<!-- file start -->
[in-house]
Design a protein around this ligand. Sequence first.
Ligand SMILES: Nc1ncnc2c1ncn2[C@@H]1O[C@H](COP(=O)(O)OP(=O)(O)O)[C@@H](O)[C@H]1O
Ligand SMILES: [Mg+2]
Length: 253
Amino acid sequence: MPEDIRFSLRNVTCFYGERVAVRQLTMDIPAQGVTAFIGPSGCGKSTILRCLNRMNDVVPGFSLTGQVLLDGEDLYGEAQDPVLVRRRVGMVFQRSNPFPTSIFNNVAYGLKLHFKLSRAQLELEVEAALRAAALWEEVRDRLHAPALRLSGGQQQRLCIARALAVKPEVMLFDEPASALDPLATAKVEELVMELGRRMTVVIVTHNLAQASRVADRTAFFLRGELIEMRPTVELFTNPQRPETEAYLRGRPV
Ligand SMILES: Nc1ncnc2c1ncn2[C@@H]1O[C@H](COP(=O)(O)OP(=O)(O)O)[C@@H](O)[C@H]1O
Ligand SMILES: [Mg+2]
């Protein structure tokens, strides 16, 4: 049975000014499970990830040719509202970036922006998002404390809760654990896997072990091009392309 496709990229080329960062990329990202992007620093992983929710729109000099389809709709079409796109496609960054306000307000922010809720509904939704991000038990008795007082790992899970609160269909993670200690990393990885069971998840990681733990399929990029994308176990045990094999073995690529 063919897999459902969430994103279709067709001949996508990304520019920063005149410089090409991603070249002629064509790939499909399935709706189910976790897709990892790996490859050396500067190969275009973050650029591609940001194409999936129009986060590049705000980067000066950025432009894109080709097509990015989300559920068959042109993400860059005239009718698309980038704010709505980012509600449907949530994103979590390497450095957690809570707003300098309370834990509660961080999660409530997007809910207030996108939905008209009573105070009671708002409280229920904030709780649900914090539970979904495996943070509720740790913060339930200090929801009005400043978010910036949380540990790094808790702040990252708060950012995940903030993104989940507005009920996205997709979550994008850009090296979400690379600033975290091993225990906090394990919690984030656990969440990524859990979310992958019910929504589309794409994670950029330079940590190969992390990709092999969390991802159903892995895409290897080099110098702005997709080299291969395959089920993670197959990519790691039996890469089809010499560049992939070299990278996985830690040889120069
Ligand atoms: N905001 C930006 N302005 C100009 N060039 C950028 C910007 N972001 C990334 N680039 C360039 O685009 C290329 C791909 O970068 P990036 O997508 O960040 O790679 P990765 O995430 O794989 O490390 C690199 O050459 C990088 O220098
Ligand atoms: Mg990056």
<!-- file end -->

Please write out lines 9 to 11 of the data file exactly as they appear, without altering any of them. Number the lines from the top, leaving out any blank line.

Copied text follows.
């Protein structure tokens, strides 16, 4: 049975000014499970990830040719509202970036922006998002404390809760654990896997072990091009392309 496709990229080329960062990329990202992007620093992983929710729109000099389809709709079409796109496609960054306000307000922010809720509904939704991000038990008795007082790992899970609160269909993670200690990393990885069971998840990681733990399929990029994308176990045990094999073995690529 063919897999459902969430994103279709067709001949996508990304520019920063005149410089090409991603070249002629064509790939499909399935709706189910976790897709990892790996490859050396500067190969275009973050650029591609940001194409999936129009986060590049705000980067000066950025432009894109080709097509990015989300559920068959042109993400860059005239009718698309980038704010709505980012509600449907949530994103979590390497450095957690809570707003300098309370834990509660961080999660409530997007809910207030996108939905008209009573105070009671708002409280229920904030709780649900914090539970979904495996943070509720740790913060339930200090929801009005400043978010910036949380540990790094808790702040990252708060950012995940903030993104989940507005009920996205997709979550994008850009090296979400690379600033975290091993225990906090394990919690984030656990969440990524859990979310992958019910929504589309794409994670950029330079940590190969992390990709092999969390991802159903892995895409290897080099110098702005997709080299291969395959089920993670197959990519790691039996890469089809010499560049992939070299990278996985830690040889120069
Ligand atoms: N905001 C930006 N302005 C100009 N060039 C950028 C910007 N972001 C990334 N680039 C360039 O685009 C290329 C791909 O970068 P990036 O997508 O960040 O790679 P990765 O995430 O794989 O490390 C690199 O050459 C990088 O220098
Ligand atoms: Mg990056």